A Day at Faith House

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November 18, 2012

Before 5 a.m. some of the early risers are in the study room with books spread over their desks. It’s so hard to be awake so early, but the students fight through illness and weariness to be fully prepared for the day.

Between 5 and 6 a.m. all the girls begin to stir, taking showers, getting dressed, gathering books and school supplies. Some greet the day with bright smiles. Others drag into the new day.

By 6 a.m. (usually before) breakfast is laid out in the kitchen—chai tea, rolls, fruit, sausages, peanut butter, jam . . . different selections for each day.


At 6:25 the girls are out the door, through the gate, down the long driveway,

and out at the street waiting for the arrival of the private bus hired to take them to school.

Faith House high school students attend St. Catherine’s Girls’ Secondary School.

Though the school is open for boarding, our girls are day students. Our goals of providing a home environment and discipleship training are better accomplished at Faith House.

At 5:30, after a long day, the girls return to Faith House, sometimes still in their uniforms,

sometimes coming directly from afternoon athletics,

sometimes coming in their scout uniforms.

They arrive to find snacks laid out for a time of relaxing,

chores

and visiting.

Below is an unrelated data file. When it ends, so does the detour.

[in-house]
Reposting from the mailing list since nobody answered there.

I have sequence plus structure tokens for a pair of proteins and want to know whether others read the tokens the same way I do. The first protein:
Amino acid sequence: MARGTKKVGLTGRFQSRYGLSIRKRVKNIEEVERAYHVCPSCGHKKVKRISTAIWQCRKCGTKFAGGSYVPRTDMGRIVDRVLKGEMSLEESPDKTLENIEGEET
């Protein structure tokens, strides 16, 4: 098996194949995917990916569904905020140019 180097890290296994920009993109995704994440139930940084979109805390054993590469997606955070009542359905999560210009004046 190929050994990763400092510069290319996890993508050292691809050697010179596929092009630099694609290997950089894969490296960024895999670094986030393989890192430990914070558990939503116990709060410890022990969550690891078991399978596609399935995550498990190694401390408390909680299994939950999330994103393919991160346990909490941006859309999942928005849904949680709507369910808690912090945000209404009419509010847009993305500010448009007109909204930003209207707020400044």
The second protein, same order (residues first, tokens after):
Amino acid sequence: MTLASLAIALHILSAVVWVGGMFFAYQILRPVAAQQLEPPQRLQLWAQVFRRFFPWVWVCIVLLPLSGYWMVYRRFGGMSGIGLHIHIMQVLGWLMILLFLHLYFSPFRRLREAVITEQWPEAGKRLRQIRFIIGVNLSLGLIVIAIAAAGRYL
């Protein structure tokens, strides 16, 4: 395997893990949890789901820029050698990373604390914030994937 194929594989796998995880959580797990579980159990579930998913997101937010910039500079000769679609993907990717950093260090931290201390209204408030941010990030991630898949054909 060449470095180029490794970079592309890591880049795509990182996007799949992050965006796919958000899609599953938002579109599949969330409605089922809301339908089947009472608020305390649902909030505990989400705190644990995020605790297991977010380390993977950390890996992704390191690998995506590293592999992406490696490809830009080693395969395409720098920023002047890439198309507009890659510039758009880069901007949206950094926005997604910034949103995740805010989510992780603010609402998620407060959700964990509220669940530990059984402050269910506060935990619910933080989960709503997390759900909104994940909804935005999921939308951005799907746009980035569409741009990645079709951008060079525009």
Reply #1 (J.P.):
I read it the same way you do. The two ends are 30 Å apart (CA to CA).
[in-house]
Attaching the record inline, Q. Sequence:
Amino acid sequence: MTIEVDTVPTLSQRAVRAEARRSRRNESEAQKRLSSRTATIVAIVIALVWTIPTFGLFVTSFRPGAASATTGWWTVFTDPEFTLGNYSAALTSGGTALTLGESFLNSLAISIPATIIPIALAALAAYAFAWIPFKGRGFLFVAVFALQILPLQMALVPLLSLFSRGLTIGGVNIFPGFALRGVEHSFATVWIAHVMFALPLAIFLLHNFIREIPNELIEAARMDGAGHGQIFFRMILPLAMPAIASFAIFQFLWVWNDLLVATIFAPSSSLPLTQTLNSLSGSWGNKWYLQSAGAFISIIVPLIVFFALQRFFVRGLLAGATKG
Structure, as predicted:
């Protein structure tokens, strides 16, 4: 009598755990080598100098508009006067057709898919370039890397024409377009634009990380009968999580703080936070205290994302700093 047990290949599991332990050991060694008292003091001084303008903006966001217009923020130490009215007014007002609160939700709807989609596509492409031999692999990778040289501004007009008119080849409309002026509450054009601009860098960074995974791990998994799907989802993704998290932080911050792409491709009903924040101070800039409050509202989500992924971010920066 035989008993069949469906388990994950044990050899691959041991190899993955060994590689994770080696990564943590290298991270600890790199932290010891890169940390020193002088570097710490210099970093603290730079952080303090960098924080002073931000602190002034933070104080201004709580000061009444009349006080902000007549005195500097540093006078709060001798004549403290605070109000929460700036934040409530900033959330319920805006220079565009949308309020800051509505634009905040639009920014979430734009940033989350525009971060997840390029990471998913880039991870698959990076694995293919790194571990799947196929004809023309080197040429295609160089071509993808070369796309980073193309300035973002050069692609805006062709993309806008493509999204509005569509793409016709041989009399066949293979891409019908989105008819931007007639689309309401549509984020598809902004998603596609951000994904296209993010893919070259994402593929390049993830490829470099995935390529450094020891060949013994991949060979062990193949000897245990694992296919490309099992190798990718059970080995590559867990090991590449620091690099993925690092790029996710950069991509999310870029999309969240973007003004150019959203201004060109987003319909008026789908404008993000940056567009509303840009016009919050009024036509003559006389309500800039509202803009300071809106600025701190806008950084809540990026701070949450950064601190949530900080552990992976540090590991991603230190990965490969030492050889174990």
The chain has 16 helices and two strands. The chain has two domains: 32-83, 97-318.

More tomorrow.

Several girls are assigned each day to help with dinner preparations including food prep and setting the tables.

Dinners are varied, attractive and nutritious.

Sometimes the girls talk during the meals, sometimes they joke and laugh, and sometimes they simply eat quietly, unwinding from the demanding school schedule.

After dinner several girls are assigned each day to wash the dishes and clean the kitchen.

As soon as the dishes are cleared, the girls gather in the living room for devotions and prayer.

Studies fill the evenings as the students work individually,

and in small groups, doing homework assignments, helping each other understand difficult concepts, and always preparing for the KCSE exams which hang over their heads to mark the end of high school.

Most days the lights are on for dinner and evening studies. But some nights, light for meals or studies is provided by candles and lanterns.

By 11 p.m. lights are out, the girls are in bed, and the house is silent.

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